Everything evolves and so does marketing. Today, things evolve faster. The pace of change in the ways we think about marketing goes hand in hand with the pace of technological innovations and mainly their impact on what people do and – as a consequence – how businesses change (or don’t and risk missing a boat they better hadn’t missed).
Unfortunately, we often forget that the essence never changes: it’s about goals, people and context. The multiple dimensions of contextual relevance and of contextual adaptation – as in transformation – are key in an integrated and customer-centric marketing view, from every possible perspective.
Smart marketers start putting not only their customers first but also the networks of trust and influence of their customers and the customers of their customers. It’s essentially about value chains. That’s nothing new, it’s just more visible and powerful and it’s partially where content marketing comes in. Good content responds to customer needs, preferences, emotions, reasons, purpose and stages and it takes into account contextual relevance, from various angles (time, intent, device, you name it).
The danger of umbrellas and the purpose of marketing
The real way of looking at content marketing has improved the way many marketers nowadays work with content, etc. Just like social media marketing and inbound marketing (and more ubrella terms) it helped stress the fact we should look more at what people want, decision processes, value, influence, sales, brand perception, relevance, customer service and so on. And that as such is a good thing.
The purpose, of course, is not “doing” content marketing, social media marketing, inbound marketing, omnichannel marketing, or whatever terms we have to describe a set of marketing and/or business tactics, strategies and views. The purpose isn’t creating and sharing content neither. It isn’t combining channels such as social media and email. It isn’t getting juicy links. Hell, it isn’t even getting clicks or traffic (and certainly not fans).
Content marketing is great. Inbound marketing rocks. Social media marketing is a must. As long as you use it all for the right reasons (if not, don’t) and in a relevant way to fulfil your goals (and those of your customers): not traffic and fans but the right contacts who want to become your customers when you do a great job. Or regaining the trust so many businesses and marketers have lost. Or finally start listening to what your customers want, sometimes explicitely shouting it out – and acting upon it. Or integrating around the connected customer experience. In fact, everything really.
Customer-centricity is contextual by definition
The fastest route to achieving that is by profoundly understanding what your customers want, how they behave, how they inform themselves, what makes them tick, how their networks (no, not just social or online) influence them, etc. The only reason you want to know that is because you want to make it relevant and remove the obstacles in the buying journey, customer life cycle and different possible online actions, whether it concerns shopping, sharing or seeking service.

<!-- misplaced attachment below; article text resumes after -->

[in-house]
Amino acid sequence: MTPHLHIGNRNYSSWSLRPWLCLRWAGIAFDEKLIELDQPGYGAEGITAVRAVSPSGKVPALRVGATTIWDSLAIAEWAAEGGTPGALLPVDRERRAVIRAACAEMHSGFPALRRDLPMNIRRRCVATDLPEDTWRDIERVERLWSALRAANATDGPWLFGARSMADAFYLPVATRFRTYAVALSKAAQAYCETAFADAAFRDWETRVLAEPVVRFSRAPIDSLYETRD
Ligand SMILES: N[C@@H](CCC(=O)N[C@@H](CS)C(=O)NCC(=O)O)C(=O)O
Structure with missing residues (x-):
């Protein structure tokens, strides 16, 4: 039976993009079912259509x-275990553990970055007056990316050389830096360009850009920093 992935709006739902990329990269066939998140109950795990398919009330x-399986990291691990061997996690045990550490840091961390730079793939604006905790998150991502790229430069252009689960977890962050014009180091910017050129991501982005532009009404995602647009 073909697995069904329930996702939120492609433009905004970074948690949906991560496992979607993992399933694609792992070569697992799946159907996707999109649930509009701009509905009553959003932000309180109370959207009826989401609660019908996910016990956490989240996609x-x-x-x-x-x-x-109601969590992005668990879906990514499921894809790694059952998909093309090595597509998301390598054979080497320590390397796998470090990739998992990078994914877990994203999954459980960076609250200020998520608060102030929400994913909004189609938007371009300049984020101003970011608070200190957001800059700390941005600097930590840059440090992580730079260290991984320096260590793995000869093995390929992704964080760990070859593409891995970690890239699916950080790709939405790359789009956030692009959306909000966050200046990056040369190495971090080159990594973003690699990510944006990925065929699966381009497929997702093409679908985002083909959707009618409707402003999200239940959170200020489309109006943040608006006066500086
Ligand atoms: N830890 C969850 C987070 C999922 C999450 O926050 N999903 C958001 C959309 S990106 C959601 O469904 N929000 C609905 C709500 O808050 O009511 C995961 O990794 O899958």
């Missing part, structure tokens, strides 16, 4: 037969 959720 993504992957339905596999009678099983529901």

That’s customer-centricity. It doesn’t mean you need to be the slave of your customers. It means you have to be smart, excellent and have a very deep understanding of the people that are your market: the customer and what makes him happy or succeed. And most of all the customer experience, across all touchpoints. It means putting customers first (and do define customers in a very broad sense) and, indeed, looking at the context.
Ray Wang wrote about context from an engagement strategy perspective, emphasizing the need to move to right time right everything, the mantra in so many business areas now. Ray defined seven dimensions of context drivers and there are probably more.
A customer-centric marketer by definition is a ‘contextual marketer’. Look at all the touchpoints. Look at the channels people use, the environment, they use them in, what content they need in which stage of their life cycle, emotions, whatever. You need to move towards that single view.
Context matters a lot. People are at the center of all efficient marketing. That’s why good marketing is by default integrated and focused on improving touchpoints in an integrated way. The customer is one, understanding the context within which he moves, lives, buys and shares is essential, regardless of when, where and how.
Look at your customer’s context first. This is how good marketing has always been done. Behavior, preferences, intentions, business goals, needs, triggers, life cycle stages, user experiences, psychographics, screens, preferred information channels, networks of influence and much more, it all matters and is connected.